TC Energy operates via five segments: Canadian natural gas pipelines, U.S. natural gas pipelines, Mexican natural gas pipelines, liquids pipelines, and power & storage. The company operates a 93,300 km network of pipelines, which transports natural gas from supply basins to distribution companies, power generation plants, industrial facilities, interconnecting pipelines, and LNG export terminals, along with regulated natural gas storage facilities with a total capacity of 535 billion cubic feet.
TC Energy also operates a 4,900 km long liquids pipeline system that connects crude oil supplies in Alberta with refiners in Illinois, Oklahoma, Texas, and the U.S. Gulf Coast. The company holds ownership interests in seven power generation facilities across Alberta, Ontario, Québec, and New Brunswick capable of generating 4,300 megawatts, along with 118 billion cubic feet of non-regulated natural gas storage in Alberta.
Investing in Canadian energy stocks
The Canadian energy sector is the second-largest constituent in the TSX after financial services. Currently, energy sector stocks account for 19% of the S&P/TSX 60 Index by market capitalization and many large-cap energy stocks account for the index’s top holdings. Globally, Canada is the world’s third-largest exporter of energy and top producer of natural gas.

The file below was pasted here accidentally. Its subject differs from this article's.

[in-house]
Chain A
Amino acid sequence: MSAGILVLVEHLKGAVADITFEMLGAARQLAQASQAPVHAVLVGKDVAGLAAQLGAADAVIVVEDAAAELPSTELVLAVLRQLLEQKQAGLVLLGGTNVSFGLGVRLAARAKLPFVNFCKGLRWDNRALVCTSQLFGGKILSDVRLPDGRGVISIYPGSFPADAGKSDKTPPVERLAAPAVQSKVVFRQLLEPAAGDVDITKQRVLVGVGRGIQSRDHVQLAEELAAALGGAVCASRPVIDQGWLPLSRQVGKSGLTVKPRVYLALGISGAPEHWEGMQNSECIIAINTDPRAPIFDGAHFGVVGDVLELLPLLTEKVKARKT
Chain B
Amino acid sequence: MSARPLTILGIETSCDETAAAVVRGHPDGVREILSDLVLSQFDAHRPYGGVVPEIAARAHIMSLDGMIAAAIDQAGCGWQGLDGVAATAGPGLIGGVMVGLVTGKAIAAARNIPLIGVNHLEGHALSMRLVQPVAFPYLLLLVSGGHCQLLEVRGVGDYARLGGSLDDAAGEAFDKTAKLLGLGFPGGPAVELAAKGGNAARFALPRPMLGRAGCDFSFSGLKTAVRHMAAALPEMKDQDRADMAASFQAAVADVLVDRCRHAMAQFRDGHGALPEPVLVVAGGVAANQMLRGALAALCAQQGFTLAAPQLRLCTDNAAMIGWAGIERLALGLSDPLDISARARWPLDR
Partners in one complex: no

Companies involved in the Canadian energy sector can be classified broadly as either:
- Upstream: Deal primarily with exploration and initial production of energy.
- Midstream: Deal primarily with transportation of energy.
- Downstream: Deal primarily with refining and distribution of energy.
Ancillary sub-industries in the energy sector include renewables and energy support equipment and services. However, “pure-play” energy sector companies are those that primarily deal with the exploration, production, transportation, refining, or distribution of energy.
Because the Canadian energy sector is affected by so many variables, investors should also assess the following external factors:
- How is worldwide inflation trending? Energy stocks tend to rally when inflation surges, which is what happened in 2022.
- Have there been any conflicts involving countries that are critical importers/exporters of energy? The recent Russian invasion of Ukraine is a good example.
- Have commodity prices recently been subjected to supply and demand shocks? The current European energy crisis an example of this.
- Is there any pending or anticipated environmental legislation that could impact the sector, whether positively or negatively? The recent U.S. Inflation Reduction Act was a positive catalyst for renewable energy stocks.
RELATED: Top Canadian Utility Stocks
Are Canadian energy stocks right for you?
Investing in Canadian energy stocks is a bit higher risk than other industries, as they tend to be more volatile compared to the overall market. Because energy stocks form a substantial portion of the TSX already, investors should be aware to not over-weight them if they already hold Canadian index funds.
Energy stocks also tend to be a good defensive holding against high inflation. One of the main drivers of inflation is a rise in the price of energy commodities, especially crude oil and natural gas. When prices rise, companies that produce, process, and sell energy can earn stronger revenues, as the value of stored inventory on their balance sheets improves.
Overall, energy stocks can be a good investment as long as investors evaluate the external factors that affect them, as well as the investors’ personal financial situation and appetite for risk.